My toe nail is ingrown... or is it???
What is an Ingrown Toenail?
An ingrown toenail is a common problem where the nail grows into the toe (NHS, 2022). It can feel as if you have a splinter, and be extremely painful and inflamed or infected. Toenails most commonly affected are the big toenail, but it can affect the other toes too. (RCPOD, 2022).
What should I do, whilst I wait for an appointment?
DO- soak affected foot in warm, salty water to help soften the skin and nail and to reduce the chances of infection.
DO- try to keep the foot dry and clean for the rest of the day.
DO- wear wide and comfortable footwear.
DO- take painkillers such as Paracetamol to help reduce pain and discomfort.
DON’T- try to cut or pick the toenail to fix the issue yourself, this often makes the pain worse and harder to resolve the issue.
DON’T- wear tight, pointy footwear. (NHS, 2022).
What happens at the Podiatry Appointment? Is it always Nail Surgery?
Firstly, not all painful toenails are Ingrown. Sometimes Podiatrist’s would call the nail Involuted or Convoluted, which means the nail can curl into the skin but isn’t actually piercing the skin, whereas an Ingrown nail would pierce the skin.
If the toenail is in fact involuted or convoluted, usually the Podiatrist would try firstly to treat conservatively, meaning that usually an Injection of Local Anaesthetic is not required but can be given if the patient is finding treatment painful. The offending area of nail is trimmed away and the area filed to ensure a nice rounded, smooth finish is left to the nail. Sometimes bleeding can occur and a sterile dressing will need to be applied, this usually provides instant relief but is something that needs regularly repeated to ensure the issue does not cause further issues, so sometimes patients may choose to in the future have nail surgery to prevent repeated visits.
When a patient presents with a chronic Ingrown toenail, it will be recommended that nail surgery is carried out. This involves an injection of Local Anaesthetic to the affected toe and the part of the nail that is causing the issue is removed either in part or full, in most cases a chemical called phenol is then used to cauterise and prevent regrowth of the area removed, then a sterile dressing is applied which can be bulky at the first appointment as bleeding does occur. This is a permanent solution in most cases, it is usually over 98% successful and the patient will be required to return for a re-dressing appointment and do re-dressings at home, it can take a number of weeks to fully heal. We recommend no swimming or exercise for ideally a couple of weeks until fully healed. Antibiotics may be required also but this is not always the case. (RCPOD, 2022).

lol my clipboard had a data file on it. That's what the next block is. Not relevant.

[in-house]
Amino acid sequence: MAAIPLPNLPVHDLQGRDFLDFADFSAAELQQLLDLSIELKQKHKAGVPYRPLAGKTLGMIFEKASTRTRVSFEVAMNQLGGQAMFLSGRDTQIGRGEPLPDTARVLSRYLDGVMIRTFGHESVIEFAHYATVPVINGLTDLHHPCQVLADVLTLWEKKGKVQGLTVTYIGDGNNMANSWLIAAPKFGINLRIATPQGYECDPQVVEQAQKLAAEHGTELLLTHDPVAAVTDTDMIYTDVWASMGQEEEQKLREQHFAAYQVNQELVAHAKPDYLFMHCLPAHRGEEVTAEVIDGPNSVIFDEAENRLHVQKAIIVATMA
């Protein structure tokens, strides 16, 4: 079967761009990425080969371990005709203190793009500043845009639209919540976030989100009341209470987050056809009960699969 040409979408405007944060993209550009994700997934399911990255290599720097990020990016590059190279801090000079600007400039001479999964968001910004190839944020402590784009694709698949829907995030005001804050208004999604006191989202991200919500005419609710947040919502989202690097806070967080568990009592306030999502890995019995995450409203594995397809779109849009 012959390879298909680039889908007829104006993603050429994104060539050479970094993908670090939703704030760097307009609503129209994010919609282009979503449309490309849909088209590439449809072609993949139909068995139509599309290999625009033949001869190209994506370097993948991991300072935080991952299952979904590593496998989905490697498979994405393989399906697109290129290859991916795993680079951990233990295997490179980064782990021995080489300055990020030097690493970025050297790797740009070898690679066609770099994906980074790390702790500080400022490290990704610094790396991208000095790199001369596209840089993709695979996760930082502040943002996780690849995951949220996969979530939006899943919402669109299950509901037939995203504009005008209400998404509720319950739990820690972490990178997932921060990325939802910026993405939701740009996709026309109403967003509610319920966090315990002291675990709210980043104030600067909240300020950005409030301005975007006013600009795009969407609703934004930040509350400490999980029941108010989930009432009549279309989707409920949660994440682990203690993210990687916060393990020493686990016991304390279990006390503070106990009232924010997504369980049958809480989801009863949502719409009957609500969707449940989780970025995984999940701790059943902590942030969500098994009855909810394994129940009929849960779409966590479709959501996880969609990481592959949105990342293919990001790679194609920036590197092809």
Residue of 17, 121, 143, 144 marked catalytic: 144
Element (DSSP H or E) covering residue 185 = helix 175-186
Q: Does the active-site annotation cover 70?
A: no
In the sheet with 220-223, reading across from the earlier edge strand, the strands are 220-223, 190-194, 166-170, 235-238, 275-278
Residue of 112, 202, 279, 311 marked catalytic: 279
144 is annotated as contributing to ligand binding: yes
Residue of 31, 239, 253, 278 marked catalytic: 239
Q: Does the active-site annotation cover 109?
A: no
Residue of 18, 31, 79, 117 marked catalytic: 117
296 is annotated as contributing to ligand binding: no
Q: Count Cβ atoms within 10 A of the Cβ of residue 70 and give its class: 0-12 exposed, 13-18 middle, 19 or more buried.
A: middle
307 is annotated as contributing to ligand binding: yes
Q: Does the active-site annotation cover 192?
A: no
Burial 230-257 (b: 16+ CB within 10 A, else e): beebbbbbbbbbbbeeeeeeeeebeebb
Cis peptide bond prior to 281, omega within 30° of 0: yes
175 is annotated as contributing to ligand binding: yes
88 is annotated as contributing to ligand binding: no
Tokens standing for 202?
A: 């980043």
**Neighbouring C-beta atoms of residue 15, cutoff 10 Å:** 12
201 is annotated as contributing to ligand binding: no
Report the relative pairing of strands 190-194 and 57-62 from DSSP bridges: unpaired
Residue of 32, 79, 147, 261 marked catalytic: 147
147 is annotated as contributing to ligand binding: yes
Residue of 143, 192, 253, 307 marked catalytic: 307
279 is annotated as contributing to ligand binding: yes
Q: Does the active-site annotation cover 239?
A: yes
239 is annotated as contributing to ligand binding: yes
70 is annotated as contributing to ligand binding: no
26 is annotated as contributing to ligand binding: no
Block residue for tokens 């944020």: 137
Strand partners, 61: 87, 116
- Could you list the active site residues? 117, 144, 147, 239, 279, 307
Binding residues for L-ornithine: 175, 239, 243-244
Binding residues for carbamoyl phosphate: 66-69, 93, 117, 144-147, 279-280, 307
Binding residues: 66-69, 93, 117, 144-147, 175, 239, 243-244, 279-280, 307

Examples of Conservative Treatment and Surgical Treatment
(Birmingham Podiatry Clinic, 2022. Conservative Treatment Example)
(Cleveland Clinic, 2019) - Typical case that we would carry out nail surgery on this case.
NHS, 2022. Ingrown Toenail [Online]. [Accessed 25 August 2022]. Available from: https://www.nhs.uk/conditions/ingrown-toenail/
RCPOD, 2022. Common Foot Problems: Ingrowing Toenail [Online]. [Accessed 25 August 2022]. Available from: https://rcpod.org.uk/common-foot-problems/ingrowing-toenail).
Birmingham Podiatry Clinic, 2022. Example of Conservative Nail Treatment [Online image]. [Accessed 01 September 2022]. Available from: https://www.birminghampodiatryclinic.co.uk/services-treatments/ingrown-toenail-surgery/
Clevelandclinic, 2019. Example of Toenail that needs Nail Surgery [Online]. [Accessed 01 September 2022]. Available from: https://health.clevelandclinic.org/how-you-can-prevent-and-treat-painful-ingrown-toenails/